I’ve Just Been Approached By An SEO Company – Now What?
I’m an SEO for a living, but even I get pitched. I don’t know if it’s a stale lead list, business directories, or random phone dialers, but yes – I get calls too. They always seem to know what’s wrong with my site – not just this SEO site, but my other websites as well. They’re clearly not always paying attention to who they’re pitching.
Oddly enough, every site I own seems to have the same issues according to the canned emails. Absurd.
Legit SEOs know they have to deal with the snakes in our industry, but if they weren’t successful, they probably wouldn’t be trolling businesses with largely scaled SEO offers. For the millions of spammy emails they send, they do hit some targets in the form of small to medium sized businesses. I’ve gotten many calls from old friends who work at, or own, a business that got hit with this pitch. “Bill – we just got this email. Have you ever heard of them? This seems too good to be true!” It is.
However, good SEO companies do outreach too. You can get pitched by good, reliable, talented SEO companies. But you’ll benefit by asking them the right questions, to make sure you’re weeding out the snakes. To my SEO readers, what would you ask and why? Add it to the comments.
- Can you guarantee rankings?
If they say yes, be suspicious. Any SEO can get you some rankings, but even the best SEOs can’t guarantee every ranking. I’d warn you against any SEO that says they can guarantee a top ranking for any term. First, you can’t make Google do anything (SEOs are influencers, not negotiators). It’s possible that their favored rankings and universal results are immovable.
- What would you consider a successful campaign?
If they say “lots of traffic,” ask them what they think about being held to conversions. Any SEO can get you traffic. They can spam through Twitter, or create irrelevant doorways. But what good is traffic that doesn’t convert? The great thing about SEO is it’s inbound by nature. It pulls in the searchers who are looking for you. People can be tricked into visiting your page, only to realize that they’re not where they wanted to be. They’ll bounce in seconds, but your SEO serpent will strut around like a hero. Hold them to conversions, and you’ll find out pretty quickly how confident your SEO is.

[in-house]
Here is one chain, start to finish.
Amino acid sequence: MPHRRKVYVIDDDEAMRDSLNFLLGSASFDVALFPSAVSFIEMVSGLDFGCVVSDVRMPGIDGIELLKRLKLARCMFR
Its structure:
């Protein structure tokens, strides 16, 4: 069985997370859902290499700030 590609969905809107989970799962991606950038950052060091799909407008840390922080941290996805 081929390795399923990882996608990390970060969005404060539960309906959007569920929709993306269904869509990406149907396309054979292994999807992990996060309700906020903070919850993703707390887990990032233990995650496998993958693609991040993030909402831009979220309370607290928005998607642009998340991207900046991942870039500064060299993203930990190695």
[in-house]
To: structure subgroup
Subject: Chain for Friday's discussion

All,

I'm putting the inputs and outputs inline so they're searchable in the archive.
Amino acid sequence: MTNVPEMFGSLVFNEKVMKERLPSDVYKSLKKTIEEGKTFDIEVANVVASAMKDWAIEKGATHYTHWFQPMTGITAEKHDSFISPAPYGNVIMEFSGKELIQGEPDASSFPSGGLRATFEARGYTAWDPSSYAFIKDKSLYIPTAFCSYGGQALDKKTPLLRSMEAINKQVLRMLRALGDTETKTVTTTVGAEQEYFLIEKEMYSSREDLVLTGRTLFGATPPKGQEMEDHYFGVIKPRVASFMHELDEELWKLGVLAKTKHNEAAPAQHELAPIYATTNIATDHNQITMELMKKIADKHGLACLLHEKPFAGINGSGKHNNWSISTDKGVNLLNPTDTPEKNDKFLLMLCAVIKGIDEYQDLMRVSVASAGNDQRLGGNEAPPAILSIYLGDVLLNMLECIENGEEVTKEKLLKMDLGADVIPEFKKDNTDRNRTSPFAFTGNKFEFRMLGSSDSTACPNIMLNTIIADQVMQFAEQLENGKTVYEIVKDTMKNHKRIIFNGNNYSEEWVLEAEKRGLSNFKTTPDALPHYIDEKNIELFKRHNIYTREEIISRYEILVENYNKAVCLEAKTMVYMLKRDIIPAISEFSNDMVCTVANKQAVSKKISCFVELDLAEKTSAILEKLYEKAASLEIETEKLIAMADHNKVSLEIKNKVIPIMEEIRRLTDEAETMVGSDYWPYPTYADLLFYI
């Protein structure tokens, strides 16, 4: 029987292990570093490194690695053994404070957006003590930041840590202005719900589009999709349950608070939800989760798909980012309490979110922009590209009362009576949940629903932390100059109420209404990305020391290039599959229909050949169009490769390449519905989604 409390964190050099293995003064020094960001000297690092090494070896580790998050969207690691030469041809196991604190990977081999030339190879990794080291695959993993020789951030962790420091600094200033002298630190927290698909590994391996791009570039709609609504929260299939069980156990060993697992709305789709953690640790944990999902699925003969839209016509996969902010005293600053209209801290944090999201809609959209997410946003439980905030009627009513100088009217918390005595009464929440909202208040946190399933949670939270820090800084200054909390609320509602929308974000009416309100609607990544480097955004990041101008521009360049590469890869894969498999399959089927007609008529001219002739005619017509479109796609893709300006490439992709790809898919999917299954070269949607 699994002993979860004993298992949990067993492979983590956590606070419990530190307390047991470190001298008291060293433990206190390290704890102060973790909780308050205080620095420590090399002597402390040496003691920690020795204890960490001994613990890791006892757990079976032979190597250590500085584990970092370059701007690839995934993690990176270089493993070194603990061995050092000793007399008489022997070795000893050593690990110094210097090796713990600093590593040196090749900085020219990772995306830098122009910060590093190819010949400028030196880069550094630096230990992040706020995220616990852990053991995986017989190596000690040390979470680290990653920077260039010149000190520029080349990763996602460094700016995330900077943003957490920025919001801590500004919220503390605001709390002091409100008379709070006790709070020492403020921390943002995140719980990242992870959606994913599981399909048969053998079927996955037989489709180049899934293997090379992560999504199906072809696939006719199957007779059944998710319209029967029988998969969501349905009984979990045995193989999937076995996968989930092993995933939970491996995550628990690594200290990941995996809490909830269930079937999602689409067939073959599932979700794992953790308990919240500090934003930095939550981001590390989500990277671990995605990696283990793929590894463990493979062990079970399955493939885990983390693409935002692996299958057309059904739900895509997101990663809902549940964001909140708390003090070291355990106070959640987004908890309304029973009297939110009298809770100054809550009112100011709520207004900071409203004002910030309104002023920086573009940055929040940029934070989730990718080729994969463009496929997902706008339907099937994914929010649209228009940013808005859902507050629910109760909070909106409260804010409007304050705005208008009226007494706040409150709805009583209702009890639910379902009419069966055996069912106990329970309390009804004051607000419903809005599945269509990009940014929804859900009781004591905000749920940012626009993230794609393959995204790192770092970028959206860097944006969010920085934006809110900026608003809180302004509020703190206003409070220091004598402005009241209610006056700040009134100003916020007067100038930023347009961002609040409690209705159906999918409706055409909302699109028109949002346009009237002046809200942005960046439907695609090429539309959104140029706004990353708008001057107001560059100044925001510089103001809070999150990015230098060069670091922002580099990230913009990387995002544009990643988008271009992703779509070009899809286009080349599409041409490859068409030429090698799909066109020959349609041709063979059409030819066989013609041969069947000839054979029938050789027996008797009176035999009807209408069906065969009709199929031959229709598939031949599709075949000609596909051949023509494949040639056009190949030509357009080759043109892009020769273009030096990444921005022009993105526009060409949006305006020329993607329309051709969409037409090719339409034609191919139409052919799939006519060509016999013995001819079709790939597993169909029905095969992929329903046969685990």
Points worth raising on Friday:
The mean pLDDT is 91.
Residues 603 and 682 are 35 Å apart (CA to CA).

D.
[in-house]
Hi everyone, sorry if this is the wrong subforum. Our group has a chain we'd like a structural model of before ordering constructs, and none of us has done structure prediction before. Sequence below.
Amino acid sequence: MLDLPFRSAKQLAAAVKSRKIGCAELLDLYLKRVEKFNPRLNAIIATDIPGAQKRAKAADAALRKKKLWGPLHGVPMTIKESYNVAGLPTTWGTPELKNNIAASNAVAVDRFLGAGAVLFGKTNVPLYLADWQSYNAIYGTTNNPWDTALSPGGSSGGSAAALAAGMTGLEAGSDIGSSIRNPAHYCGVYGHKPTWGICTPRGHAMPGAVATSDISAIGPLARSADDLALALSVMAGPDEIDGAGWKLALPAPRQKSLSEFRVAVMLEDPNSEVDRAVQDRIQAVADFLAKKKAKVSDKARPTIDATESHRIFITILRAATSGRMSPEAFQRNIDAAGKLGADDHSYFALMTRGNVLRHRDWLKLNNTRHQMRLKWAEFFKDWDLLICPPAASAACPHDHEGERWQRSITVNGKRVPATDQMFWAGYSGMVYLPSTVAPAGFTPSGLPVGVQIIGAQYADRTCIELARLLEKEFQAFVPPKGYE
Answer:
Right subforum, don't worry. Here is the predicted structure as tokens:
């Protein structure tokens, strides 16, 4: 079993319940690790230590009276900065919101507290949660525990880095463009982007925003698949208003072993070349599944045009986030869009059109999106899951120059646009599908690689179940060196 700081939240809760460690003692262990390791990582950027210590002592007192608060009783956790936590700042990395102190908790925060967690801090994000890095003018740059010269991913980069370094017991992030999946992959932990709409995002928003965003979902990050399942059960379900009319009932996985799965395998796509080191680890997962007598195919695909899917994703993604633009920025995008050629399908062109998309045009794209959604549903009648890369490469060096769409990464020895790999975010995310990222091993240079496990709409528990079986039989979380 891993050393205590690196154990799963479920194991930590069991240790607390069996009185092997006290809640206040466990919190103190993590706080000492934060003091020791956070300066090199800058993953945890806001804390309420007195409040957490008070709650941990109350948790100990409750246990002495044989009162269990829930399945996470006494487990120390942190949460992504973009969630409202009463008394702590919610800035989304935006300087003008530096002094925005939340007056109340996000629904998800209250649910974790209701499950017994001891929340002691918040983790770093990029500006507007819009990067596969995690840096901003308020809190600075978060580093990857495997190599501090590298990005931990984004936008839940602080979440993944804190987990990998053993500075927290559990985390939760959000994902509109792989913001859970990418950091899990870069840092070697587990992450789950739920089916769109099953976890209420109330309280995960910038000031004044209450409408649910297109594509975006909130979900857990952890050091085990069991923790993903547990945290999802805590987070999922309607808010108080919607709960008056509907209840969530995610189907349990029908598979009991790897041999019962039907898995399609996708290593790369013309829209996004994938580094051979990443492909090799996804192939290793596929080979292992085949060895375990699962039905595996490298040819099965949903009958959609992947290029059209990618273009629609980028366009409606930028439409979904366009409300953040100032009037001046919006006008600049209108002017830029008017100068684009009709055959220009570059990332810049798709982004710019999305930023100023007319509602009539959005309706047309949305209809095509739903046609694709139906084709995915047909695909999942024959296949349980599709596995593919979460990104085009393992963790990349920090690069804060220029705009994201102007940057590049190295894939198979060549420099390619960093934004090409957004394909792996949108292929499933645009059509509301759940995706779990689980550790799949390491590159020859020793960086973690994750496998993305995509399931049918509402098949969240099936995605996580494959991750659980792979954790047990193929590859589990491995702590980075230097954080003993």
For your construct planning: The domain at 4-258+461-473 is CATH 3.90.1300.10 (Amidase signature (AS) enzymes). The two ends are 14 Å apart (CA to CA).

- What tactics do you use?
Some SEOs focus on link building, some focus on on-page contextual work, some focus on content marketing, and some focus on sitewide technical optimizations. If you have an SEO that only does one, you may be missing some necessary ingredients. Very few sites can be fully successful without all these ingredients – though it’s possible. If an SEO approaches you without giving you a real sense of skill in those areas, you may have someone who’s creating a quick, automated package that doesn’t have a lot of substance.
- What does your reporting look like?
The reason to ask this is obvious, but sometimes the obvious escapes us in times of need. Once you see a report, you’ll start to ask a lot of questions. You’ll be inspired. The reports that an SEO provide can be a real indicator into how deep their engagement is going to be.
- Can you provide some references?
It’s awkward to call a stranger, but this is really important if you’re banking on an SEO. You need a review of the SEO. If they can’t create happy clients that are willing to share their experience with you, then you have to raise a red flag.
- Prospect Smarter: When Search Modifiers Fail You August 31, 2015
- A Link Building Tactic (On The Back Of Brand Equity) August 24, 2015
- Mobile SEO – Beyond Mobilegeddon and Into the Future of Mobile Search August 21, 2015
- How Mission Marketing Can Improve Your SEO July 2, 2015